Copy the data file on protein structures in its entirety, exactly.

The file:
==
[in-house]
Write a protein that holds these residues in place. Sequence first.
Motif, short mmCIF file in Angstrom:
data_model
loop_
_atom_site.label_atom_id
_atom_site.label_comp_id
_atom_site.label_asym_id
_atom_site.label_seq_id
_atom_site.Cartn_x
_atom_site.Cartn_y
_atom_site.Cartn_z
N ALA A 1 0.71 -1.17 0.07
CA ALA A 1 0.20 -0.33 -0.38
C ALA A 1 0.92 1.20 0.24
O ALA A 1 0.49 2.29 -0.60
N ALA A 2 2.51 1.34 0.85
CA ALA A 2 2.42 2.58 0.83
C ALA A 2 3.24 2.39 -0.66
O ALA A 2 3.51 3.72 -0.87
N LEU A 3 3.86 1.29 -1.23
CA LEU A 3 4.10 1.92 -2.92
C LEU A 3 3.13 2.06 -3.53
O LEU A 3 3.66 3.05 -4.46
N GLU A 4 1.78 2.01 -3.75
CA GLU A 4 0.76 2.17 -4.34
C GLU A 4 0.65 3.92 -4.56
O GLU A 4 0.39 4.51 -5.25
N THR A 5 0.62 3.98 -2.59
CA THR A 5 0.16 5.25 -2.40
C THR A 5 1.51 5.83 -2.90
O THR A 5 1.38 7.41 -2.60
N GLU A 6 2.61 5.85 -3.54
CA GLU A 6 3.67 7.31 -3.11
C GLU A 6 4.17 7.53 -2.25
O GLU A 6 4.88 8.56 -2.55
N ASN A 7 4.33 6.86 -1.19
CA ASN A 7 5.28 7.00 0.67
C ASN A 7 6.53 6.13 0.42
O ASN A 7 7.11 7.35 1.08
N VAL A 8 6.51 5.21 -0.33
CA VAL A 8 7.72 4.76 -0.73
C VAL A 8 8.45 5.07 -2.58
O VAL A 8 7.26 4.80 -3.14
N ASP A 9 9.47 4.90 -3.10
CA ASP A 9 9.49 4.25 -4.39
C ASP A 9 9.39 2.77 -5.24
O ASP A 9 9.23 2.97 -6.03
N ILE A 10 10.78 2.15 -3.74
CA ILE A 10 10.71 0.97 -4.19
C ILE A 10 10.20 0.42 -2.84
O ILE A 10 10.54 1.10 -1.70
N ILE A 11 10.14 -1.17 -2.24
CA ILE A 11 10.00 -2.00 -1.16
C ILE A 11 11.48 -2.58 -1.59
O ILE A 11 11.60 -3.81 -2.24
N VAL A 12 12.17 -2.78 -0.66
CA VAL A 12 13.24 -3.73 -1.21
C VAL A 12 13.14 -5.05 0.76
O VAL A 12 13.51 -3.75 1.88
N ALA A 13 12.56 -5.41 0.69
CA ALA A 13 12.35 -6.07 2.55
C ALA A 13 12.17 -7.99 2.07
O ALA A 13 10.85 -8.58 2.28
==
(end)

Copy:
[in-house]
Write a protein that holds these residues in place. Sequence first.
Motif, short mmCIF file in Angstrom:
data_model
loop_
_atom_site.label_atom_id
_atom_site.label_comp_id
_atom_site.label_asym_id
_atom_site.label_seq_id
_atom_site.Cartn_x
_atom_site.Cartn_y
_atom_site.Cartn_z
N ALA A 1 0.71 -1.17 0.07
CA ALA A 1 0.20 -0.33 -0.38
C ALA A 1 0.92 1.20 0.24
O ALA A 1 0.49 2.29 -0.60
N ALA A 2 2.51 1.34 0.85
CA ALA A 2 2.42 2.58 0.83
C ALA A 2 3.24 2.39 -0.66
O ALA A 2 3.51 3.72 -0.87
N LEU A 3 3.86 1.29 -1.23
CA LEU A 3 4.10 1.92 -2.92
C LEU A 3 3.13 2.06 -3.53
O LEU A 3 3.66 3.05 -4.46
N GLU A 4 1.78 2.01 -3.75
CA GLU A 4 0.76 2.17 -4.34
C GLU A 4 0.65 3.92 -4.56
O GLU A 4 0.39 4.51 -5.25
N THR A 5 0.62 3.98 -2.59
CA THR A 5 0.16 5.25 -2.40
C THR A 5 1.51 5.83 -2.90
O THR A 5 1.38 7.41 -2.60
N GLU A 6 2.61 5.85 -3.54
CA GLU A 6 3.67 7.31 -3.11
C GLU A 6 4.17 7.53 -2.25
O GLU A 6 4.88 8.56 -2.55
N ASN A 7 4.33 6.86 -1.19
CA ASN A 7 5.28 7.00 0.67
C ASN A 7 6.53 6.13 0.42
O ASN A 7 7.11 7.35 1.08
N VAL A 8 6.51 5.21 -0.33
CA VAL A 8 7.72 4.76 -0.73
C VAL A 8 8.45 5.07 -2.58
O VAL A 8 7.26 4.80 -3.14
N ASP A 9 9.47 4.90 -3.10
CA ASP A 9 9.49 4.25 -4.39
C ASP A 9 9.39 2.77 -5.24
O ASP A 9 9.23 2.97 -6.03
N ILE A 10 10.78 2.15 -3.74
CA ILE A 10 10.71 0.97 -4.19
C ILE A 10 10.20 0.42 -2.84
O ILE A 10 10.54 1.10 -1.70
N ILE A 11 10.14 -1.17 -2.24
CA ILE A 11 10.00 -2.00 -1.16
C ILE A 11 11.48 -2.58 -1.59
O ILE A 11 11.60 -3.81 -2.24
N VAL A 12 12.17 -2.78 -0.66
CA VAL A 12 13.24 -3.73 -1.21
C VAL A 12 13.14 -5.05 0.76
O VAL A 12 13.51 -3.75 1.88
N ALA A 13 12.56 -5.41 0.69
CA ALA A 13 12.35 -6.07 2.55
C ALA A 13 12.17 -7.99 2.07
O ALA A 13 10.85 -8.58 2.28